Wow.. found this blog of a guy in Utah who bought an investment property in Florida. This was his first investment property, bought at the peak of the housing bubble and, as you might imagine, things didn’t quite turn out the way he had hoped.
Reading this, I am struck by several things. There were a huge number of red flags that should have alerted him that something wasn’t right. First, he got into this investment after hearing about it from a friend, who also invested. (I’d like to hear how his friend’s investment turned out.) The deal was a company supposedly buys a bunch of houses at foreclosure and sells them to investors in bulk. (Red flag. The company claims investors come to them and say “I need 50 houses.” No investor I know does that.) What the investors don’t buy, they sell to individuals like this guy. The company selling the houses will also be the management company and find tenants, collect rent, etc. and that the properties are government subsidized and have an occupancy rate of 90%. (Red flag.) The selling company tells him that loans for investment properties will only knock down his credit score by 50 points. (Red flag.) The company will provide down payment assistance. (Red flag.) Later on, he discovers, the company already had the house they wanted to sell him picked out – he didn’t even get to choose the house he was buying. (Red flag.)
Possibly the biggest red flag came when it came time for him to actually get the loan. The “down payment assistance” provided by the company involved them wiring the 20% down payment into this guy’s bank account. He had to sign paperwork saying he wouldn’t move the money or withdraw it, etc. Folks, this is fraud! The company basically is putting this money into his account to fool the lending bank into thinking he has his own money available for investing. And of course, when closing actually rolls around, the amount he needs to come up with is a little more than the amount the company fronted him, so he needs to add in a few thousand of his own money as well.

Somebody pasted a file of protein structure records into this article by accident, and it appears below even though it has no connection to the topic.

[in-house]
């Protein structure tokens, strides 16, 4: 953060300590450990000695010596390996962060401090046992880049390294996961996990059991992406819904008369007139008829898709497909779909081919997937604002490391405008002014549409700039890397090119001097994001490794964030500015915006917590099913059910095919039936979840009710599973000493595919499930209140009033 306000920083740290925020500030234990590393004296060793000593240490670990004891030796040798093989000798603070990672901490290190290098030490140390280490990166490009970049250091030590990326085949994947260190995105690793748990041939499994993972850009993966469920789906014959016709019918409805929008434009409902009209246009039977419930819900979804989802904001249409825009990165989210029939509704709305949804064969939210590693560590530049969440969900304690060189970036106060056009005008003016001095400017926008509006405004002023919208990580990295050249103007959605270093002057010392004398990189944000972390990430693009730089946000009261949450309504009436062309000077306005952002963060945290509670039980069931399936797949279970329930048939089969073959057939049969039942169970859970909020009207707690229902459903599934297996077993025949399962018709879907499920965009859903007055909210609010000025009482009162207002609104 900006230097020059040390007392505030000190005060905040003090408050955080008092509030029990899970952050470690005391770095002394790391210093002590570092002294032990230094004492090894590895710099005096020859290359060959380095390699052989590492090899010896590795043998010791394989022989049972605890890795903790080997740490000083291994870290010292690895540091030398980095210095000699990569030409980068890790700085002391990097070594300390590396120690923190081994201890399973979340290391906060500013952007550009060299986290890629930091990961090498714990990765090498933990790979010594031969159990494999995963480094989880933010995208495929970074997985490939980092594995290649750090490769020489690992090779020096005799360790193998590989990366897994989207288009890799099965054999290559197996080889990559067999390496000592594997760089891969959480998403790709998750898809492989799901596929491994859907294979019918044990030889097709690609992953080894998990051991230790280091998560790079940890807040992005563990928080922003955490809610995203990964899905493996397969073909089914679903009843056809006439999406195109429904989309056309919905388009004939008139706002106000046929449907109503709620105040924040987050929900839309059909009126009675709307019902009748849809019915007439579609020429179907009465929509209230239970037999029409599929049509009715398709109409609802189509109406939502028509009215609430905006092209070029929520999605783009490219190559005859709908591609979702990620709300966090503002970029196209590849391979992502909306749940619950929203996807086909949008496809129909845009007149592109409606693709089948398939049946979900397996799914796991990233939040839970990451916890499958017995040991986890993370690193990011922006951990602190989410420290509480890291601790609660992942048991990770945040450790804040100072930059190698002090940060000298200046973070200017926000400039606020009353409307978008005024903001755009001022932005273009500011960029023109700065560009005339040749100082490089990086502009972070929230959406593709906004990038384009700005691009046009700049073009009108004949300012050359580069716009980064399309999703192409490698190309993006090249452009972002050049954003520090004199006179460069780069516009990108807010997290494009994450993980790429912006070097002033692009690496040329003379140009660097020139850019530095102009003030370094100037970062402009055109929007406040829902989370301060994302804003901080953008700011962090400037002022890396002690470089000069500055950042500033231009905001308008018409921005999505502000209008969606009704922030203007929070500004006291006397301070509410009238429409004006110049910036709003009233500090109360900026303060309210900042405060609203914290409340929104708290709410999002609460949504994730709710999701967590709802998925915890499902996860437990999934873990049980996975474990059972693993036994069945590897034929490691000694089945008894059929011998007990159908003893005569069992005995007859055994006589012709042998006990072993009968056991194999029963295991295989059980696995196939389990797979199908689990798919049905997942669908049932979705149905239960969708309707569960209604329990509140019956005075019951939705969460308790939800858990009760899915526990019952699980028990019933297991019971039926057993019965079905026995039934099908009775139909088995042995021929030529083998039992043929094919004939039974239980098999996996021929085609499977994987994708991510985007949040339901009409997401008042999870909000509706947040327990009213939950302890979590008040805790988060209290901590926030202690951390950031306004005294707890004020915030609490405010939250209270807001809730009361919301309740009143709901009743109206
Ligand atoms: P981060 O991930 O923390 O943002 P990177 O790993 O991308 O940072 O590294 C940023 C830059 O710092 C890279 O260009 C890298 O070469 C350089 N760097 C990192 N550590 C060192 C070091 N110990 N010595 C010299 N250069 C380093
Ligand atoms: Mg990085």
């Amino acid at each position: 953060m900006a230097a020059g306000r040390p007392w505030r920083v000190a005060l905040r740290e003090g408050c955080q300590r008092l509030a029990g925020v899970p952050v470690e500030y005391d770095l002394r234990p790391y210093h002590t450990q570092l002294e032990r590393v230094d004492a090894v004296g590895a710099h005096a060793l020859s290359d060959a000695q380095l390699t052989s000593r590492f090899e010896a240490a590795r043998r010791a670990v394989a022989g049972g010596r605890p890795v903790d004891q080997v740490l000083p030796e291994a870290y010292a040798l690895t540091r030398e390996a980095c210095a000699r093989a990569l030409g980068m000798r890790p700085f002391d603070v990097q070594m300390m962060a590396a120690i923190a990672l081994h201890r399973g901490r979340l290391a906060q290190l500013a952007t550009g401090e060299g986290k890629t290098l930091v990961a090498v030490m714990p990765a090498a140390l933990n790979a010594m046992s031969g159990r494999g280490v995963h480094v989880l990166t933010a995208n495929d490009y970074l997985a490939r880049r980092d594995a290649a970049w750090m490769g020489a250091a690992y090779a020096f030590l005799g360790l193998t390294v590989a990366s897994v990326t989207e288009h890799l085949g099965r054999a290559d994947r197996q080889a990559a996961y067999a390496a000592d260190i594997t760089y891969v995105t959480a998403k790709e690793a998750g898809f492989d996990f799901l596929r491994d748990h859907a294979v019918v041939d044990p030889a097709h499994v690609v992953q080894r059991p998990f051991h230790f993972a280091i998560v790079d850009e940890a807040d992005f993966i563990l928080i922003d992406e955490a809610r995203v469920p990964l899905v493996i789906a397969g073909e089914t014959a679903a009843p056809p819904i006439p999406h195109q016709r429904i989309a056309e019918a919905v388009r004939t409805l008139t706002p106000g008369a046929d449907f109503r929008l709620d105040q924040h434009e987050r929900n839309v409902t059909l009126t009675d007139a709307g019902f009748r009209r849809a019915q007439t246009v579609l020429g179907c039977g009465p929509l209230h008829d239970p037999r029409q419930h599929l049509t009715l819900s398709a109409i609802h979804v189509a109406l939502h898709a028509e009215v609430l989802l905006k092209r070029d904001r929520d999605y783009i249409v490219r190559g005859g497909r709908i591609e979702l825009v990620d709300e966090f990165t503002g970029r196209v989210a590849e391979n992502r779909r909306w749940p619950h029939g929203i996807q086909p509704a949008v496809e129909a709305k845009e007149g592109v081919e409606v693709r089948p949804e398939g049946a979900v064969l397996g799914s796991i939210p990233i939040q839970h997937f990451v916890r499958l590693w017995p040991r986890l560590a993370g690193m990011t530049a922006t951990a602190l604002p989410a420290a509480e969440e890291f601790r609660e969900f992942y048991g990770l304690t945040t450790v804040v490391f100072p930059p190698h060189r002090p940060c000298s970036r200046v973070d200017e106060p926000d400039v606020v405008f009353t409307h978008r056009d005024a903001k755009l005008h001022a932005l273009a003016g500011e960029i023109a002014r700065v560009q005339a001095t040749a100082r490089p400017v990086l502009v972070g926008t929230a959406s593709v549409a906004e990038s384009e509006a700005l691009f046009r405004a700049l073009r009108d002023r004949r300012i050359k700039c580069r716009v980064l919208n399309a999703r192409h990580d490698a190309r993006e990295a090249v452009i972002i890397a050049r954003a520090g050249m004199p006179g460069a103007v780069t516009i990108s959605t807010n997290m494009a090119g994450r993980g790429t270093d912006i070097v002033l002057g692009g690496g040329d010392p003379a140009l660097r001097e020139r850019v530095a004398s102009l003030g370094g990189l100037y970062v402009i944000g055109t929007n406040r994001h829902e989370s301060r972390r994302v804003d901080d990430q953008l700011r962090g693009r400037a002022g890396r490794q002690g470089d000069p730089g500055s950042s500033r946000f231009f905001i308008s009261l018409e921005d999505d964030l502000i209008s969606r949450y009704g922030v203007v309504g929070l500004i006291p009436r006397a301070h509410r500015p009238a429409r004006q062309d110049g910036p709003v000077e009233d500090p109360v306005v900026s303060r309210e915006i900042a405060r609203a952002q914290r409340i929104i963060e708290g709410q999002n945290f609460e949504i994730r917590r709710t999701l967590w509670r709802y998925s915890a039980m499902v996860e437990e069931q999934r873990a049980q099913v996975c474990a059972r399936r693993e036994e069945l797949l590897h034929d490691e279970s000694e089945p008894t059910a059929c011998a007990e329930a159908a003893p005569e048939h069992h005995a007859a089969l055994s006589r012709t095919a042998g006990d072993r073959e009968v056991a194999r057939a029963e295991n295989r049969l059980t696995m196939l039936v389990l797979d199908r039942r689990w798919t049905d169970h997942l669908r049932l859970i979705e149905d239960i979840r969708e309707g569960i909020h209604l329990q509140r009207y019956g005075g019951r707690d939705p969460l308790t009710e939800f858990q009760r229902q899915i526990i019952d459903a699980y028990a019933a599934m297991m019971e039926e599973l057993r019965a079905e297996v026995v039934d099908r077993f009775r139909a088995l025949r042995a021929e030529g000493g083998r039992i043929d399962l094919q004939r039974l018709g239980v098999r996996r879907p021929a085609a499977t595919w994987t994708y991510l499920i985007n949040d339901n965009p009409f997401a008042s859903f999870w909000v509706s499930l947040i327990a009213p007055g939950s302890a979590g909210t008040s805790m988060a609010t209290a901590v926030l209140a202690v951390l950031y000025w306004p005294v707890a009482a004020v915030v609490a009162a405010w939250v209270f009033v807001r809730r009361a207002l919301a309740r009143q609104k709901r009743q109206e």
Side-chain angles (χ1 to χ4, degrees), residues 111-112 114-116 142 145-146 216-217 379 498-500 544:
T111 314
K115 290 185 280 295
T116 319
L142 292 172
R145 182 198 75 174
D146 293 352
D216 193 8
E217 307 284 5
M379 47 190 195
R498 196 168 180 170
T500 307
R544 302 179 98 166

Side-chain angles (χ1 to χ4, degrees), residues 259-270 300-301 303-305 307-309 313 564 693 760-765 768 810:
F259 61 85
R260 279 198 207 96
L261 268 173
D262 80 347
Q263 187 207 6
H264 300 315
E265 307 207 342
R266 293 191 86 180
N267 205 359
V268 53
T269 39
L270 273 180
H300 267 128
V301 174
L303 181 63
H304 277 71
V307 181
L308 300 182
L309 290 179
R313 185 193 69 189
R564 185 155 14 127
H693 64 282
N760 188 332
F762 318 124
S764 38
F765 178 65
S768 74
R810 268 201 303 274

The selling company also promised him a $5,000 cash incentive and a $5,000 escrow account that could be used for repairs to the house, etc. Although he did get his $5,000 incentive, the $5,000 escrow account never showed up. And of course, that promise was never made in writing. Then the property management company sold his account to another management company. At least the new one sounds like a real management company. Of course, then the repair bills started coming in, tenants stop paying rent, etc. etc. You know the story. It comes time to evict and he makes the mistake of not treating this like a business. He wants to give his tenants more time to pay the rent. Eventually, he did start the eviction process and, lo and behold, the tenant comes up with the rent. This happens multiple times. No surprise to anyone who has done this before. Eventually, the tenants played this game one time too many and actually got evicted. They moved out but, of course, trashed the place before they left. That’s all he’s posted so far, but I’m pretty sure how the next bit goes...
I know he got into this at the height of the real estate bubble. Those were heady times. I also made stupid mistakes. But really, the number of red flags in this deal would have even scared me off. He hasn’t finished writing his story yet and I’m curious to see how it turns out. Anyone want to take bets on if he still owns the place or not? I’m sure he’s underwater on his mortgage, so selling may not be an option. The title of his series is “Life As A Landlord,” so maybe he’s still got the property. Anyway, it sounds like he’s learning a lot.